"Onsite will actually scale the digester to fit the customer's operations, then build it on their property. We will take the customer's waste stream in and send the energy it produces right back out to their plant," Konwinski said.

"This technology will make a substantial dent in both our landfill needs and our use of petroleum and coal for fuels and electricity. It also will reduce our greenhouse gas emissions."

Onsite Power Systems has invested almost $2 million in helping Zhang refine the technology and prepare it for transfer to the commercial market.

The other major funding source for Zhang's ongoing research has been the California Energy Commission's Public Interest Energy Research (PIER) program, which has awarded the university grants of nearly $1 million. The PIER program supports innovative energy research, development and demonstration projects that improve the quality of life in California by bringing environmentally safe, affordable and reliable energy services and products to the marketplace. Other supporters include:

  • California Integrated Waste Management Board, with research grants of $125,000;
  • Graybar, which donated computer controls for plant operations, valued at $50,000;
  • Propane Education & Research Council (PERC), which contributed to the purchase of two propane-fueled boilers, a low-emission, California Air Resources Board-certified propane engine, and a generator for the project, valued at $32,000;
  • Norcal Waste Systems Inc., which is supplying the restaurant leftovers and yard clippings ("green wastes"), valued at $50,000.

Norcal Waste Systems of San Francisco is supplying the waste for the project because it already collects restaurant leftovers for its composting operation near Vacaville. Every day, Norcal collects 300 tons of food scraps from 2,000 restaurants in San Francisco and 150 more restaurants in Oakland, said Chris Choate, the firm's vice president of sustainability.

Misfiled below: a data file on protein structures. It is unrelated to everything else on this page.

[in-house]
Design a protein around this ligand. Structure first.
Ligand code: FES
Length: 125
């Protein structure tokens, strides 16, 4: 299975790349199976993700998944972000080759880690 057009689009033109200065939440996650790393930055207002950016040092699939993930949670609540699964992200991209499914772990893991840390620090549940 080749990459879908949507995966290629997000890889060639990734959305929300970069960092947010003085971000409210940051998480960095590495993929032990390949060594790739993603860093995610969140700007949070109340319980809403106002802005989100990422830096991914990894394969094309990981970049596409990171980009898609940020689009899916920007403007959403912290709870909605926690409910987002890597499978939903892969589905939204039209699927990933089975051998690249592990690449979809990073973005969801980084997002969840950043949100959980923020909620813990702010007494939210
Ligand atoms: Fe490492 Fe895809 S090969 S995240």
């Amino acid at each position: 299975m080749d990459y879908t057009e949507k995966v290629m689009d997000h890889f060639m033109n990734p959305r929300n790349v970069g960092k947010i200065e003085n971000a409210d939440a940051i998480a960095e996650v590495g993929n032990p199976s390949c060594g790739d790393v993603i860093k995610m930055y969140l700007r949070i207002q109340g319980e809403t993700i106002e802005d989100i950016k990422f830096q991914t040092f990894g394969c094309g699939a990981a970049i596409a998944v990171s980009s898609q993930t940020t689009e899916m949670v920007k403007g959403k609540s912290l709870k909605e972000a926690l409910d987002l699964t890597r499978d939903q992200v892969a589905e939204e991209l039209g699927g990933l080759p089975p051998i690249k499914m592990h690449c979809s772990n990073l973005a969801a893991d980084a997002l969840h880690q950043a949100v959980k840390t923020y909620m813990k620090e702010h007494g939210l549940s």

"Of the waste-collection companies in the U.S., Norcal is the most aggressive recycler," Choate said. "We pioneered collecting restaurant food scraps separately from other garbage and turning food scraps into nutrient-rich compost that is applied to vineyards and farms as an alternative to chemical fertilizers.

"New technology like UC Davis' offers California opportunities to harvest energy out of approximately 50 percent of the waste material that the state currently sends to landfills and to significantly reduce landfill disposal."

The Biogas Energy Project is one of several recent milestones in energy research and technology transfer at UC Davis.

  • In April, a $1 million grant from the California Clean Energy Fund established the UC Davis Energy Efficiency Center, the world's leading university center of excellence in energy efficiency. The new center is dedicated to speeding the transfer of new energy-saving products and services into the homes and lives of Californians.
  • In May, the UC Davis School of Veterinary Medicine opened a new $27 million classroom building, Gladys Valley Hall, that is the first building at UC Davis (and only the second in the University of California system) designed and built to achieve certification under the U.S. Green Building Council's LEED (Leadership in Energy and Environmental Design) rating system. It is expected to use one-third less energy than a conventional design.
  • In September, Chevron Corp. announced it would fund up to $25 million in research at UC Davis in the next five years to develop affordable, renewable transportation "biofuels" from farm and forest residues, urban wastes and crops grown specifically for energy.
  • On Oct. 14, UC Davis opened the $24 million Tahoe Center for Environmental Sciences, with three other university partners. It was designed to be the first green working science laboratory of its kind in the world and to achieve platinum certification from LEED. It is expected to use half the energy of a conventional design.